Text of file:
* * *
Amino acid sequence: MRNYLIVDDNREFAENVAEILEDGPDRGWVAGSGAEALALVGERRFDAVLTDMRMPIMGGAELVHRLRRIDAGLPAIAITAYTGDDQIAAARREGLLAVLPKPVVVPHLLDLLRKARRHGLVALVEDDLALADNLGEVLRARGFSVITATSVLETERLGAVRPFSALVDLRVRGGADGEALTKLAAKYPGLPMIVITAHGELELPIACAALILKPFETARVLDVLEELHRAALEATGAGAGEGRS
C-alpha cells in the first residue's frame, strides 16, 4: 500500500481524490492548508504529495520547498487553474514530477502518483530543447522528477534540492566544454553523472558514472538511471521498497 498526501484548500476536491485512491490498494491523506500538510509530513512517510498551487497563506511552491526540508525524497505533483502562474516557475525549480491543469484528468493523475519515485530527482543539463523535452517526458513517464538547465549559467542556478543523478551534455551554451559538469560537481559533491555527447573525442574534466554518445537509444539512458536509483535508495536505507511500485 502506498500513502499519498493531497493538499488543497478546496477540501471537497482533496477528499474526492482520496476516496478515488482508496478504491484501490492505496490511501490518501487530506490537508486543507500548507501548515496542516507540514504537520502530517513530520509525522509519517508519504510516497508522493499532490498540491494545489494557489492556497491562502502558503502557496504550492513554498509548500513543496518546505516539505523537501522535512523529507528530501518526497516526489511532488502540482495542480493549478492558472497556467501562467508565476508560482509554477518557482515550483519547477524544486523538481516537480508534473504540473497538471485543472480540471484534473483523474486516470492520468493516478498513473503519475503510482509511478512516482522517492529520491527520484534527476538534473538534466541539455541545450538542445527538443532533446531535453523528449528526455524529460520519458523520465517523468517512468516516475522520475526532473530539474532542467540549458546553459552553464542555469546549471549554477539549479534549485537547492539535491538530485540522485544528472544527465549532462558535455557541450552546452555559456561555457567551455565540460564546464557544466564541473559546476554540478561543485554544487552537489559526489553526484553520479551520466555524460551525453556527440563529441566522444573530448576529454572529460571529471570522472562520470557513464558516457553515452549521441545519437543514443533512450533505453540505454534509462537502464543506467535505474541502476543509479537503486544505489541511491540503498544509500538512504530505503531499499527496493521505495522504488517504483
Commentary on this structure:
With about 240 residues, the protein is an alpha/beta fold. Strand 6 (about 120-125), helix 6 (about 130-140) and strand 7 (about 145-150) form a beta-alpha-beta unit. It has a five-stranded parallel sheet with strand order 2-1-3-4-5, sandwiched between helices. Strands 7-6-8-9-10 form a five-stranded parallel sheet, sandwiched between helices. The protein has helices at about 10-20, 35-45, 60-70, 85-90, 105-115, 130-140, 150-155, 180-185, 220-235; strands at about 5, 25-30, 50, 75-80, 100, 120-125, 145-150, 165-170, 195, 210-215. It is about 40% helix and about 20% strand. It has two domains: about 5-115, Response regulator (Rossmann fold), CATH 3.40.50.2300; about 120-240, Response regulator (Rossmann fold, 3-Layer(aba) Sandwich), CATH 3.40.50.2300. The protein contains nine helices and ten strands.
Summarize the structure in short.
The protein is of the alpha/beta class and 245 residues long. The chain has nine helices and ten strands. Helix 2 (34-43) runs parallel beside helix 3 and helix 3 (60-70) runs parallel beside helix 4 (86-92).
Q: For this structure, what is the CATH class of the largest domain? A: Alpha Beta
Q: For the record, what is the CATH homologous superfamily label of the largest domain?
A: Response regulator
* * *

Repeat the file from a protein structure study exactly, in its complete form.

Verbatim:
Amino acid sequence: MRNYLIVDDNREFAENVAEILEDGPDRGWVAGSGAEALALVGERRFDAVLTDMRMPIMGGAELVHRLRRIDAGLPAIAITAYTGDDQIAAARREGLLAVLPKPVVVPHLLDLLRKARRHGLVALVEDDLALADNLGEVLRARGFSVITATSVLETERLGAVRPFSALVDLRVRGGADGEALTKLAAKYPGLPMIVITAHGELELPIACAALILKPFETARVLDVLEELHRAALEATGAGAGEGRS
C-alpha cells in the first residue's frame, strides 16, 4: 500500500481524490492548508504529495520547498487553474514530477502518483530543447522528477534540492566544454553523472558514472538511471521498497 498526501484548500476536491485512491490498494491523506500538510509530513512517510498551487497563506511552491526540508525524497505533483502562474516557475525549480491543469484528468493523475519515485530527482543539463523535452517526458513517464538547465549559467542556478543523478551534455551554451559538469560537481559533491555527447573525442574534466554518445537509444539512458536509483535508495536505507511500485 502506498500513502499519498493531497493538499488543497478546496477540501471537497482533496477528499474526492482520496476516496478515488482508496478504491484501490492505496490511501490518501487530506490537508486543507500548507501548515496542516507540514504537520502530517513530520509525522509519517508519504510516497508522493499532490498540491494545489494557489492556497491562502502558503502557496504550492513554498509548500513543496518546505516539505523537501522535512523529507528530501518526497516526489511532488502540482495542480493549478492558472497556467501562467508565476508560482509554477518557482515550483519547477524544486523538481516537480508534473504540473497538471485543472480540471484534473483523474486516470492520468493516478498513473503519475503510482509511478512516482522517492529520491527520484534527476538534473538534466541539455541545450538542445527538443532533446531535453523528449528526455524529460520519458523520465517523468517512468516516475522520475526532473530539474532542467540549458546553459552553464542555469546549471549554477539549479534549485537547492539535491538530485540522485544528472544527465549532462558535455557541450552546452555559456561555457567551455565540460564546464557544466564541473559546476554540478561543485554544487552537489559526489553526484553520479551520466555524460551525453556527440563529441566522444573530448576529454572529460571529471570522472562520470557513464558516457553515452549521441545519437543514443533512450533505453540505454534509462537502464543506467535505474541502476543509479537503486544505489541511491540503498544509500538512504530505503531499499527496493521505495522504488517504483
Commentary on this structure:
With about 240 residues, the protein is an alpha/beta fold. Strand 6 (about 120-125), helix 6 (about 130-140) and strand 7 (about 145-150) form a beta-alpha-beta unit. It has a five-stranded parallel sheet with strand order 2-1-3-4-5, sandwiched between helices. Strands 7-6-8-9-10 form a five-stranded parallel sheet, sandwiched between helices. The protein has helices at about 10-20, 35-45, 60-70, 85-90, 105-115, 130-140, 150-155, 180-185, 220-235; strands at about 5, 25-30, 50, 75-80, 100, 120-125, 145-150, 165-170, 195, 210-215. It is about 40% helix and about 20% strand. It has two domains: about 5-115, Response regulator (Rossmann fold), CATH 3.40.50.2300; about 120-240, Response regulator (Rossmann fold, 3-Layer(aba) Sandwich), CATH 3.40.50.2300. The protein contains nine helices and ten strands.
Summarize the structure in short.
The protein is of the alpha/beta class and 245 residues long. The chain has nine helices and ten strands. Helix 2 (34-43) runs parallel beside helix 3 and helix 3 (60-70) runs parallel beside helix 4 (86-92).
Q: For this structure, what is the CATH class of the largest domain? A: Alpha Beta
Q: For the record, what is the CATH homologous superfamily label of the largest domain?
A: Response regulator